Case Against Orthodox Community’s Sex Abuse Whistleblower Collapses As Witness’ Credibility Implodes

Baruch Lebovits (Source:

The saga of Sam Kellner, who once helped authorities convict prominent Hasidic Cantor Baruch Lebovits of sexually molesting his son and other children, took another bizarre turn. According to a report in the New York Times, the case against Kellner, who was charged with paying off a witness to falsely testify against Lebovits, has been dramatically weakened after the judge presiding over the case told the prosecution that their lead witness was no longer trustworthy.

Previously, we had reported that the case against Kellner was riddled with inconsistencies, a fact that whistle-blowers say demonstrates the heavy resistance facing those who defy the local Orthodox leadership. After Kellner had gone to the police and helped them identify other witnesses that would lead to Lebovits’ conviction, a rabbi at his synagogue declared him a traitor and ordered community members to shun him. In the aftermath, Kellner’s son was barred from all local yeshivas and Kellner’s business was driven to closure. Kellner also became worried that he would be unable to find his son a wife.

The case against Lebovits was eventually overturned when a secret recording appeared to capture Kellner attempting to extort $400,000 from Lebovits’s son. According to the Times, the translation of the tape, which was not in English, was described as “ambiguous,” depicting Kellner as a “tortured father trying to find justice.” Lebovits was also set free by grand jury testimony from a witness who claimed that he was paid $10,000 by Kellner to falsely testify that Lebovits had sexually abused him.

As a result, Kellner was charged with extortion and bribery, but the trial against him took another dramatic reversal when the prosecution’s key witness in the bribery charge was declared untrustworthy by the judge:

In State Supreme Court in Brooklyn on Monday, prosecutors told the judge, Ann M. Donnelly, that they learned a couple of weeks ago that their witness had made the accusations against Mr. Kellner after accepting financial assistance from Mr. Lebovits’s supporters. That money went to paying for his lawyer; his travel to and from Israel, where he is a student; his apartment; and his school fees.
The judge delayed the trial until July 29 to give prosecutors time to investigate the witness, who previously had said Mr. Lebovits had raped him. A lawyer for Mr. Kellner, Niall MacGiollabhui, said after the hearing that he approached Mr. Hynes’s office months ago with evidence that supporters of Mr. Lebovits were manipulating the accuser.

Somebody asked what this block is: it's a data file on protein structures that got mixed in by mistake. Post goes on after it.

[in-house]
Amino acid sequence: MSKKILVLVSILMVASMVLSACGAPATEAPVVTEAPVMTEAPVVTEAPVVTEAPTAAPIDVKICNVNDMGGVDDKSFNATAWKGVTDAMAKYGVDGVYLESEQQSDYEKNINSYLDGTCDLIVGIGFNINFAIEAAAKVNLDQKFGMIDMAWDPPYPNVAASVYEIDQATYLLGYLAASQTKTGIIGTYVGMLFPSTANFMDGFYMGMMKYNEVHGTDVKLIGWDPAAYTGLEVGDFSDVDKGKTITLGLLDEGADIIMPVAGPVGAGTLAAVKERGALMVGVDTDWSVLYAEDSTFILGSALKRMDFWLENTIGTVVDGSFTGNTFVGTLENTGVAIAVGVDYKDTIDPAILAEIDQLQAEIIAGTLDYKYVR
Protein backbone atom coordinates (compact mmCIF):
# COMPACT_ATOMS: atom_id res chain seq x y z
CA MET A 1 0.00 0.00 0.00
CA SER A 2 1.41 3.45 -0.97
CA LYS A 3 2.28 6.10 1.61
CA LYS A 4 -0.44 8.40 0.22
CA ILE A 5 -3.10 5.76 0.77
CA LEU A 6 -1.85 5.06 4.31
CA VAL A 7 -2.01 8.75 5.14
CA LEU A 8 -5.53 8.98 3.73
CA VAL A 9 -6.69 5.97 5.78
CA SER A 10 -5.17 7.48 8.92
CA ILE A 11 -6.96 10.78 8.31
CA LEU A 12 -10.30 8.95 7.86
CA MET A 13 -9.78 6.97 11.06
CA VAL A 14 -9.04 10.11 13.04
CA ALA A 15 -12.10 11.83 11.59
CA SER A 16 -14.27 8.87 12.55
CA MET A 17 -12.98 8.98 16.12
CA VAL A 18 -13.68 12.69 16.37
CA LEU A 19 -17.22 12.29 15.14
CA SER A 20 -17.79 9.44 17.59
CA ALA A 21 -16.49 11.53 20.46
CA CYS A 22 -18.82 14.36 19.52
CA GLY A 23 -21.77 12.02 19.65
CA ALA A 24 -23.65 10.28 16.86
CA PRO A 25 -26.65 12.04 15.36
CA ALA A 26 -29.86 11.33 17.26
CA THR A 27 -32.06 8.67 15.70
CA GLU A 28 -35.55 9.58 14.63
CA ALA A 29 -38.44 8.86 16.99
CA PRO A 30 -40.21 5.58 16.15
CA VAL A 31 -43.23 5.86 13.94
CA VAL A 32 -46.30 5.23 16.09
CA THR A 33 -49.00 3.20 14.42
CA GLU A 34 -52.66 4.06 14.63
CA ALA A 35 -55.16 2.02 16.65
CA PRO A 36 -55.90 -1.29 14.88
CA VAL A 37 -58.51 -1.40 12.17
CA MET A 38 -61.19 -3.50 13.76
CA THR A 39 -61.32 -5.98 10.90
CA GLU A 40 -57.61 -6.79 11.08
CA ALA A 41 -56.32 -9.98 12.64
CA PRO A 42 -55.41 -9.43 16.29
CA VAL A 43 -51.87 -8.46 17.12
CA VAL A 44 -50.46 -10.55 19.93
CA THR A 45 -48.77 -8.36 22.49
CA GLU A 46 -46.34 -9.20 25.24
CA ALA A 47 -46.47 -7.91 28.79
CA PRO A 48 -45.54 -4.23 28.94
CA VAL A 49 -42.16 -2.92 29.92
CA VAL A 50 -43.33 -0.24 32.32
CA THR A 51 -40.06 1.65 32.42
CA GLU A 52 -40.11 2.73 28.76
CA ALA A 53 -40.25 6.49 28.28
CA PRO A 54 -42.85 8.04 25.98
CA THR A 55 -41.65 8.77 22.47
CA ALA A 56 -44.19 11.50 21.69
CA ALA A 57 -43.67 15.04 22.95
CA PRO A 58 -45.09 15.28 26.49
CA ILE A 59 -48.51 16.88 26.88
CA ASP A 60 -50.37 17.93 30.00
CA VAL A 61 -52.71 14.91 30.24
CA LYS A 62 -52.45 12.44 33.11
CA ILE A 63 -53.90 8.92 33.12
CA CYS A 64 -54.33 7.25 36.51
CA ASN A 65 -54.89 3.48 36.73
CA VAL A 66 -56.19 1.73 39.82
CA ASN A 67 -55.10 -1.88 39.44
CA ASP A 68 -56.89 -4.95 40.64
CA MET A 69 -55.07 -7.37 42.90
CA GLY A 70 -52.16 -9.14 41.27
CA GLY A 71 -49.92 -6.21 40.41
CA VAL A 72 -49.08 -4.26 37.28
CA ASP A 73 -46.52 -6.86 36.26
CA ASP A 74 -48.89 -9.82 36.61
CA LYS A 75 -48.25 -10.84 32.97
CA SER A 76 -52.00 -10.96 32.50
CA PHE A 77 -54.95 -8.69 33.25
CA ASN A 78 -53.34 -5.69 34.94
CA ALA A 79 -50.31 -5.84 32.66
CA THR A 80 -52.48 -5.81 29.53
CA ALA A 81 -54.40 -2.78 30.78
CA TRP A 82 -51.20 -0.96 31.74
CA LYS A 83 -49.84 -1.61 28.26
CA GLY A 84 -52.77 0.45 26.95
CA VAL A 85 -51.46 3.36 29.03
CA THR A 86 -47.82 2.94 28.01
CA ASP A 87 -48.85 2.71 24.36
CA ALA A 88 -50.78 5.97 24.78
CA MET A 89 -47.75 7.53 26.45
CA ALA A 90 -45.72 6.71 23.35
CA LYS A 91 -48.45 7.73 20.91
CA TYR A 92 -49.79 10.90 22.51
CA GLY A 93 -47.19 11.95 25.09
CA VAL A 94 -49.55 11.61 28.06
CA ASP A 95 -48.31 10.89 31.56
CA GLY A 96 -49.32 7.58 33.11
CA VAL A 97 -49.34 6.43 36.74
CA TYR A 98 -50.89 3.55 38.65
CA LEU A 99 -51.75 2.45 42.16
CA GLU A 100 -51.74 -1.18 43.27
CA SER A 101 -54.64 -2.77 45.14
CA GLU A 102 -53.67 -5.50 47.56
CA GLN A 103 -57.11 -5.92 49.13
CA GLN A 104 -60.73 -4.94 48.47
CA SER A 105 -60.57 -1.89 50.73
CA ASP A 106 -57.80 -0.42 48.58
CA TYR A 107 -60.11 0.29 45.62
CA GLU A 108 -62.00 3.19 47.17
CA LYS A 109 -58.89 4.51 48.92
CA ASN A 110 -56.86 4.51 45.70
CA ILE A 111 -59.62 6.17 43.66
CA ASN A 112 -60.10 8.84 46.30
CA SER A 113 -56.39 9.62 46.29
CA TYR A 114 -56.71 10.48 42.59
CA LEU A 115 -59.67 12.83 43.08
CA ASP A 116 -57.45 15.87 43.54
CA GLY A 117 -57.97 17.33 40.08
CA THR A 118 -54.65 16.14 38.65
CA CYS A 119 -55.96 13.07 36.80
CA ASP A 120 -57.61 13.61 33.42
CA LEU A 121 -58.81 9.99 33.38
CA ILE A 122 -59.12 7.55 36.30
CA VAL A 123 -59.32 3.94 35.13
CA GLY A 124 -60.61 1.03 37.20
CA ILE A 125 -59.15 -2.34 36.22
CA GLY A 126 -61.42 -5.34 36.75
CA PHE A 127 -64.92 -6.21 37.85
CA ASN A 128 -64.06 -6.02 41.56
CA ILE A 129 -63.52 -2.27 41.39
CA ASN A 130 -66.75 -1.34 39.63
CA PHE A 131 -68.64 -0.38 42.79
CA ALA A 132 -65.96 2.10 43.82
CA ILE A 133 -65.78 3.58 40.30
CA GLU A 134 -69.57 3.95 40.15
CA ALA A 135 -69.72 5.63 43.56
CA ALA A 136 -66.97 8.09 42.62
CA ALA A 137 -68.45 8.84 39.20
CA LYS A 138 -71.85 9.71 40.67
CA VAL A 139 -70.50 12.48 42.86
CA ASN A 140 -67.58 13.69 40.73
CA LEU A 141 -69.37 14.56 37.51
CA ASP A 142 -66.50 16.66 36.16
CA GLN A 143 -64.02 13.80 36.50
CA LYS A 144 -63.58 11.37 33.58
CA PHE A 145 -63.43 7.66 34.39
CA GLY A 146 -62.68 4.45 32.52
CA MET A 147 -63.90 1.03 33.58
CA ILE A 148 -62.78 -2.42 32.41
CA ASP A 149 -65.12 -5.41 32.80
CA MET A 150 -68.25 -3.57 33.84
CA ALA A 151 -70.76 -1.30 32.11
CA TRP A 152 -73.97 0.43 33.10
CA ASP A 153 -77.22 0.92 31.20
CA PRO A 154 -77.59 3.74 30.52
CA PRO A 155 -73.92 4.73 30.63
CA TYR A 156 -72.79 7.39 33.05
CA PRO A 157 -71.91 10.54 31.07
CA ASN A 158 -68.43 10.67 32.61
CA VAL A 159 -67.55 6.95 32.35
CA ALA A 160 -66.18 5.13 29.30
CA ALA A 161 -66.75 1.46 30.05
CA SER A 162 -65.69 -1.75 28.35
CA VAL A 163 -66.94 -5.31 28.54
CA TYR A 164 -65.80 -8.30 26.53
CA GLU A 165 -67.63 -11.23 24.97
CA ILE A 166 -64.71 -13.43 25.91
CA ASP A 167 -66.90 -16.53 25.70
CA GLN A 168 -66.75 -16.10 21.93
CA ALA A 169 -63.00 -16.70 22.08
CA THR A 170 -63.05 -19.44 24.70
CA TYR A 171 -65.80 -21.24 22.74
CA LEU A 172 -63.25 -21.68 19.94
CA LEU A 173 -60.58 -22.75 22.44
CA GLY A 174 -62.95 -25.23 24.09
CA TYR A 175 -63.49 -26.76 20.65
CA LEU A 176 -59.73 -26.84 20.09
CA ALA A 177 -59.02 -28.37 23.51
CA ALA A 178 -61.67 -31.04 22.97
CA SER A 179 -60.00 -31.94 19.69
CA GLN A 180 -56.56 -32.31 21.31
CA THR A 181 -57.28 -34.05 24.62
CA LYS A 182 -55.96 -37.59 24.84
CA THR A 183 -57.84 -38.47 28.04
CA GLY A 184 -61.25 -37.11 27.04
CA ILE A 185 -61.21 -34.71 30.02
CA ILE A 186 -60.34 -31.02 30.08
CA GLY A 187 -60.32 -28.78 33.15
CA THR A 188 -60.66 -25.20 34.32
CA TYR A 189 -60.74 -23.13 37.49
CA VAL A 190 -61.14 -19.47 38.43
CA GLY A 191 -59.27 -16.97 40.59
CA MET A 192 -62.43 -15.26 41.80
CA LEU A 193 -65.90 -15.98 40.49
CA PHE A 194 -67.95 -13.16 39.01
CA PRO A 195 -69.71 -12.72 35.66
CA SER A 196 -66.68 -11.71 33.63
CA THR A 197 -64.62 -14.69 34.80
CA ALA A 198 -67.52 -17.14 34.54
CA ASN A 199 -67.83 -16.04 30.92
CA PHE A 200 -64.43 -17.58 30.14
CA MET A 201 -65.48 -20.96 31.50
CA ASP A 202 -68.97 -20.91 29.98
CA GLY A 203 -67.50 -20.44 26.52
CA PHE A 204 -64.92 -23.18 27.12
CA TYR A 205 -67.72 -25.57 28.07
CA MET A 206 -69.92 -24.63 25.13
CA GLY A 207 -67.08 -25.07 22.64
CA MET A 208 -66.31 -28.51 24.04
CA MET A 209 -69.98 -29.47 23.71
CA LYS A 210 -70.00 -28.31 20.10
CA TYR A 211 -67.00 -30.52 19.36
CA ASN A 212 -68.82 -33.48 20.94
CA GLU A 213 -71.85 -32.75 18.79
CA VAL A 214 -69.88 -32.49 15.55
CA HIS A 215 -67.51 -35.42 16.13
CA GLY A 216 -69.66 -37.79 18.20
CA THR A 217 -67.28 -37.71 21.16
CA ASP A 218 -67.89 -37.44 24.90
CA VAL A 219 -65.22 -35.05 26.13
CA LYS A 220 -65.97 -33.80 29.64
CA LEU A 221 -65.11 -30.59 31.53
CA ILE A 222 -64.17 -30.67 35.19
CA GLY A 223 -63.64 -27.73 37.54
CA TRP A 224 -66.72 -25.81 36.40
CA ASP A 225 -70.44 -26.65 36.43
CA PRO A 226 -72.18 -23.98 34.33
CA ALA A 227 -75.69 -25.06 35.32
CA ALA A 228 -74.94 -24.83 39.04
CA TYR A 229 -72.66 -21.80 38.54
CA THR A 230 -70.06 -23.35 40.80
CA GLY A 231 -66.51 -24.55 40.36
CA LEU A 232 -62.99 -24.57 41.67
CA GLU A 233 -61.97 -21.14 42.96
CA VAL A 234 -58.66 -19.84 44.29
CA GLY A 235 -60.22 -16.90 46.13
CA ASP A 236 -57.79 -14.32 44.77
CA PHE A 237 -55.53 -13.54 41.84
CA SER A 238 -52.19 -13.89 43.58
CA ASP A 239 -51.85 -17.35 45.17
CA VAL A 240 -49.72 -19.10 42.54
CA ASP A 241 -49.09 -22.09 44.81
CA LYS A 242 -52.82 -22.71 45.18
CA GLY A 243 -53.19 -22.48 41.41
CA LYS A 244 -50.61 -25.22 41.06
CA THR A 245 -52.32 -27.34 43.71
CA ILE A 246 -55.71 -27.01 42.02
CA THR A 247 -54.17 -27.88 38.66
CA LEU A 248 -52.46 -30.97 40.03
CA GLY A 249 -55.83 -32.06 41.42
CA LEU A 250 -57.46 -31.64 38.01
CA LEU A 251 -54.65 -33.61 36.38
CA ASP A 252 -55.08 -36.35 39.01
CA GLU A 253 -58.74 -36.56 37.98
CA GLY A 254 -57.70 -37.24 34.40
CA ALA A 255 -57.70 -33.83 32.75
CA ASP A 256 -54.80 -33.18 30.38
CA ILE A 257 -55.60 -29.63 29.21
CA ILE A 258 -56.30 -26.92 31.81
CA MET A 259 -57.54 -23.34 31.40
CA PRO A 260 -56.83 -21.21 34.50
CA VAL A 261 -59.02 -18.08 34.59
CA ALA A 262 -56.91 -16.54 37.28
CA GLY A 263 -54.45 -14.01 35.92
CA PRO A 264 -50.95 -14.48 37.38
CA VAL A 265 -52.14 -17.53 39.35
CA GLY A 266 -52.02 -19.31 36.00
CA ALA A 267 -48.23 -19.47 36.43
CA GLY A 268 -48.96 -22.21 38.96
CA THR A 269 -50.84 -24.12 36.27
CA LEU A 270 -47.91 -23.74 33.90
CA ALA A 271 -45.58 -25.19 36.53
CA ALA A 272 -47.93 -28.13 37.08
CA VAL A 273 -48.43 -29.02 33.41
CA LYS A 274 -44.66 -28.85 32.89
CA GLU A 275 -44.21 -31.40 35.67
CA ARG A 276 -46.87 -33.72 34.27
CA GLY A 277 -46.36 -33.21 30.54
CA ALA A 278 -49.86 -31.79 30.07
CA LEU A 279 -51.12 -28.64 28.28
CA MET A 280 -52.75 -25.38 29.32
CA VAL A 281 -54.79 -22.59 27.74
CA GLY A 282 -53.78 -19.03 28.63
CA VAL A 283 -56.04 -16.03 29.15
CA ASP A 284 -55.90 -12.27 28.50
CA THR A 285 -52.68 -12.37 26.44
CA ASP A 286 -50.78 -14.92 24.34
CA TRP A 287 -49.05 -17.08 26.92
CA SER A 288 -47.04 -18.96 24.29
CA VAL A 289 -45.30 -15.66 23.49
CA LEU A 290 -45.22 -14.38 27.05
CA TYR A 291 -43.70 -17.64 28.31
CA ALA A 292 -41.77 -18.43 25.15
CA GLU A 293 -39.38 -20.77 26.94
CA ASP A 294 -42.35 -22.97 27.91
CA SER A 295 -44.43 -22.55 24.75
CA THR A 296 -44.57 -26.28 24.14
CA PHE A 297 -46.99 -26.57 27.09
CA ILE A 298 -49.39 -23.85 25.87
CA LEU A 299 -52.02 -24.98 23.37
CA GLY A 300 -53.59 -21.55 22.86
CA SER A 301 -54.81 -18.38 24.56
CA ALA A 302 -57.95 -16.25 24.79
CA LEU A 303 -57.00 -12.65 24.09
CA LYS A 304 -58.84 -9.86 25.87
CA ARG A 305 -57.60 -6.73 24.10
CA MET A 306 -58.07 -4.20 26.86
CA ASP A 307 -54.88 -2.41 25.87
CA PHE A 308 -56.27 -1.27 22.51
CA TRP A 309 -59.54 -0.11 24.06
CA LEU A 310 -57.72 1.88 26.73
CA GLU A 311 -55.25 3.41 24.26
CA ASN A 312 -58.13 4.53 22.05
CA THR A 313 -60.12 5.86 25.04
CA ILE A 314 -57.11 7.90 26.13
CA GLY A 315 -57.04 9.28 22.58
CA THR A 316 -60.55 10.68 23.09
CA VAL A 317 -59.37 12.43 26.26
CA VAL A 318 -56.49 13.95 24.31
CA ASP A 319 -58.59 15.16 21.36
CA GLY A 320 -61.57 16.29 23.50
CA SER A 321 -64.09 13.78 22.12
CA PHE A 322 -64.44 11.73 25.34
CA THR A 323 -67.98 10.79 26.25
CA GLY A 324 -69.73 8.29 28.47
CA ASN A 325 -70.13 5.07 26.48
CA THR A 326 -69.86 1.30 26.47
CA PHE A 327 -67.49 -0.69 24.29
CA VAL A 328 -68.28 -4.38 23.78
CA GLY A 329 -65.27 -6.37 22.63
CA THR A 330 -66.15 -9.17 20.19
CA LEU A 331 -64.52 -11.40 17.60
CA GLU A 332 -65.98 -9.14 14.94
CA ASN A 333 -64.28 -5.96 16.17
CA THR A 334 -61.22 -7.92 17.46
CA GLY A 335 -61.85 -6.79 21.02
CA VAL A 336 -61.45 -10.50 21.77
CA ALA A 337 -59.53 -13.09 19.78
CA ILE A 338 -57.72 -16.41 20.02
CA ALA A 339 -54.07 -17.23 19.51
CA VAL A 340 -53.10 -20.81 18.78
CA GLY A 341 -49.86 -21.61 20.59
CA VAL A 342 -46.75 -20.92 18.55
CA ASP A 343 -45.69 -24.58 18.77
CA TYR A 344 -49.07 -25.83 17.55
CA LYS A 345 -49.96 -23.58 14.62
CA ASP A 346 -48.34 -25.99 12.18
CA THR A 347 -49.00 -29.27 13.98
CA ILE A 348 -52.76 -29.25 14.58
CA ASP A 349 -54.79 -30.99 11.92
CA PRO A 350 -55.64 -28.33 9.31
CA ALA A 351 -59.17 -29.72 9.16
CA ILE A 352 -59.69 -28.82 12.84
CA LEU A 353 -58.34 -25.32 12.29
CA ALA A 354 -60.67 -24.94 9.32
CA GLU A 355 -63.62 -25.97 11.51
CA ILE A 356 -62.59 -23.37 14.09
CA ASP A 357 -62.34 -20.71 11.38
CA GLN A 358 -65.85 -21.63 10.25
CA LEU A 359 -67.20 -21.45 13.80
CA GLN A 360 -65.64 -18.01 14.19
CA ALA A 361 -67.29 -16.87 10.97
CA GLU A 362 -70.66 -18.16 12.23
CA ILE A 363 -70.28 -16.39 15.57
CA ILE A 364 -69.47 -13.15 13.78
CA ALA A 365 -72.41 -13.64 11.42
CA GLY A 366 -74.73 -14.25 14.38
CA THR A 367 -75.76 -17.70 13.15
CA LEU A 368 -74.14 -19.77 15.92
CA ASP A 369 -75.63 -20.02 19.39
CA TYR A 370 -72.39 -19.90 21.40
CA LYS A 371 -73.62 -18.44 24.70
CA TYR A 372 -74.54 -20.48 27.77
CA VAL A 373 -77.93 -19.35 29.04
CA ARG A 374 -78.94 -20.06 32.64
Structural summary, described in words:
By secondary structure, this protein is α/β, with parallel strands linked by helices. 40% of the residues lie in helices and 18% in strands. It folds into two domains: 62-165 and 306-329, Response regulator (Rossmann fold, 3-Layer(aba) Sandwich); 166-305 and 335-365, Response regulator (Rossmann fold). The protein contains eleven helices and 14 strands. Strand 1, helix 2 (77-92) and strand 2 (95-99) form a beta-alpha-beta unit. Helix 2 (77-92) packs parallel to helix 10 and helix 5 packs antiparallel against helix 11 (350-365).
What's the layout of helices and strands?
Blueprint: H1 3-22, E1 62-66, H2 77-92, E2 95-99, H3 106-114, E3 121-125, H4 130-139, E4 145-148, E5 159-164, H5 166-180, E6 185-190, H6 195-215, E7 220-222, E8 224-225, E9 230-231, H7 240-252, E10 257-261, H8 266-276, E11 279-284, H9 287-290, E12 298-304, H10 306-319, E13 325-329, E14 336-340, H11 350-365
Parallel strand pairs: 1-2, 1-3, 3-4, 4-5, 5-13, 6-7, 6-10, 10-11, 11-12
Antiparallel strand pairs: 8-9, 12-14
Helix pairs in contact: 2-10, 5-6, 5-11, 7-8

According to Kellner’s lawyer, Niall MacGiollabhui, evidence against the prosecution’s star witness was only examined two weeks before the trial started. The Times laid out the complicated political relationship between Hynes and the Orthodox community:

Strong criticism of his handling of sexual abuse cases in the Orthodox Jewish community is not new. Initially he was accused of being reluctant to pursue such cases because of pressure from Orthodox leaders. But after he began an effort to crack down on abuse, he was criticized for refusing to release the names of those charged with abusing children.
The problems with the cases against Mr. Lebovits and Mr. Kellner have raised new concerns. Among them is why separate units of the office pursued cases that were directly at odds with each other: the sex crimes bureau prosecuting Mr. Lebovits and the rackets division prosecuting Mr. Kellner. Both relied on a witness who court records show was addicted to drugs.

The Times also noted how the lawyer for Lebovits, Arthur Aidala, was a major contributor to the Hynes campaign and may have had undue influence in the District Attorney’s decision to go after Kellner:

Mr. Aidala, who used to work in the office, had brought the allegations against Mr. Kellner directly to the chief of the district attorney’s rackets division, Michael F. Vecchione. Mr. Aidala turned over an audio recording of a conversation that he said showed Mr. Kellner trying to extort money from Mr. Lebovits’s son, according to discovery material in the case. A translation of the conversation issued by the prosecutor’s office is ambiguous.
Mr. Aidala, who is a campaign contributor to Mr. Hynes and the vice president of Mr. Hynes’s nonprofit foundation, has boasted to prosecutors about his access to and influence with Mr. Hynes and Mr. Vecchione, according to a law enforcement official with knowledge of the case. He requested anonymity because he was not authorized to speak to the press.